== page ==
South African billionaire Motsepe says he won't buy Eskom assets
JOHANNESBURG (Reuters) - South African billionaire Patrice Motsepe said on Monday that he would not buy any assets which struggling state power firm Eskom puts up for sale, in response to speculation that he was eyeing an Eskom financial subsidiary. President Cyril Ramaphosa, who is Motsepe's brother-in-law, this month unveiled a plan to split Eskom into three units to boost efficiency, which some analysts see as a path to privatising the utility.
JOHANNESBURG (Reuters) - South African billionaire Patrice Motsepe said on Monday that he would not buy any assets which struggling state power firm Eskom puts up for sale, in response to speculation that he was eyeing an Eskom financial subsidiary.
President Cyril Ramaphosa, who is Motsepe's brother-in-law, this month unveiled a plan to split Eskom into three units to boost efficiency, which some analysts see as a path to privatising the utility.
"I have never supported the privatisation of Eskom or the sale of any of its entities or assets," Motsepe said at a news conference. "African Rainbow Energy & Power (AREP) or any company that I am associated with will not be part of any sale of any entities or assets of Eskom."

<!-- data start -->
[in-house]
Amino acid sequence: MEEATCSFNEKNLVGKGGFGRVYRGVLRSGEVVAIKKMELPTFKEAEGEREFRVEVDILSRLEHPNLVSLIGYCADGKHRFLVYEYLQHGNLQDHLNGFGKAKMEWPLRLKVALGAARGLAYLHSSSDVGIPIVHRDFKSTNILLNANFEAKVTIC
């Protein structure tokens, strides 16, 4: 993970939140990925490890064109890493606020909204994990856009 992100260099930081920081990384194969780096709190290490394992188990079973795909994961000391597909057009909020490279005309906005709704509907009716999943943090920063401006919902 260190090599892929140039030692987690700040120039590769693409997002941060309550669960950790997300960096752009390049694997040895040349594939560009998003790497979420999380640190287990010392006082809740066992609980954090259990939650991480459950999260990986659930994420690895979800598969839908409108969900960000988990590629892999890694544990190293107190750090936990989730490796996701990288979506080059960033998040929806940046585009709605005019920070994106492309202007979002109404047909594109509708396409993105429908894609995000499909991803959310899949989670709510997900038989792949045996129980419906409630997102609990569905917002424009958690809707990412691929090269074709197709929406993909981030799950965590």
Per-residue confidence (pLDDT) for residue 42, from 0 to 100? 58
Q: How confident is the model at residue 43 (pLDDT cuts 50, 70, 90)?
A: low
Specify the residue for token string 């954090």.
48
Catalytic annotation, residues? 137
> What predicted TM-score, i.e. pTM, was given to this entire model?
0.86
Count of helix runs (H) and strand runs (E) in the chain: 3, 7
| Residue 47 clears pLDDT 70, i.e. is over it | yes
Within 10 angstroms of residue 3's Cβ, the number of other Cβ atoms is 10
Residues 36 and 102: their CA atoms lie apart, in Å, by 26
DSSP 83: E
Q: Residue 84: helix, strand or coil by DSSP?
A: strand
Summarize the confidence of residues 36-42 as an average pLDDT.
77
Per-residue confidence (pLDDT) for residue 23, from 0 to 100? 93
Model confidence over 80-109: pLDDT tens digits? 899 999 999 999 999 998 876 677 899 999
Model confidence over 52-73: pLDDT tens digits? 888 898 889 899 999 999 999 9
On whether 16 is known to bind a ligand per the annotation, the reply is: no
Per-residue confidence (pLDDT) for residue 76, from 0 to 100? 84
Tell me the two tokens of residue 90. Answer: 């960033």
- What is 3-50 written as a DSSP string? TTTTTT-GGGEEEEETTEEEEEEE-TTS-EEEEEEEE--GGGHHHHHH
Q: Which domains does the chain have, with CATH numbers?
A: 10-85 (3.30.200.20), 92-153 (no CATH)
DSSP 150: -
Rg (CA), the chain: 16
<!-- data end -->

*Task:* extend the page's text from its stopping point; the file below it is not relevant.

Motsepe's African Rainbow Capital was reportedly eyeing some or all of Eskom Finance Company, an Eskom subsidiary which lends to employees and which the government put up for sale as part of efforts to shore up the company's balance sheet.
Eskom this month implemented some of the worst power cuts in several years.
Motsepe, the country's richest black businessman, who is also the brother-in-law of Energy Minister Jeff Radebe, said: "Having relatives in very high positions in government justifiably raises perceptions of favouritism."
Motsepe, who also has a large stake in mining company African Rainbow Minerals, also denied on Monday that he had unduly profited from his investments in renewable energy.
AREP's stakes in various renewables projects, valued at around 800 million rand ($56 million), were bought from private companies, not directly from the government as part of auctions organised the energy ministry, Motsepe said.
($1 = 14.0838 rand)
(Reporting by Alexander Winning; Editing by Jan Harvey)
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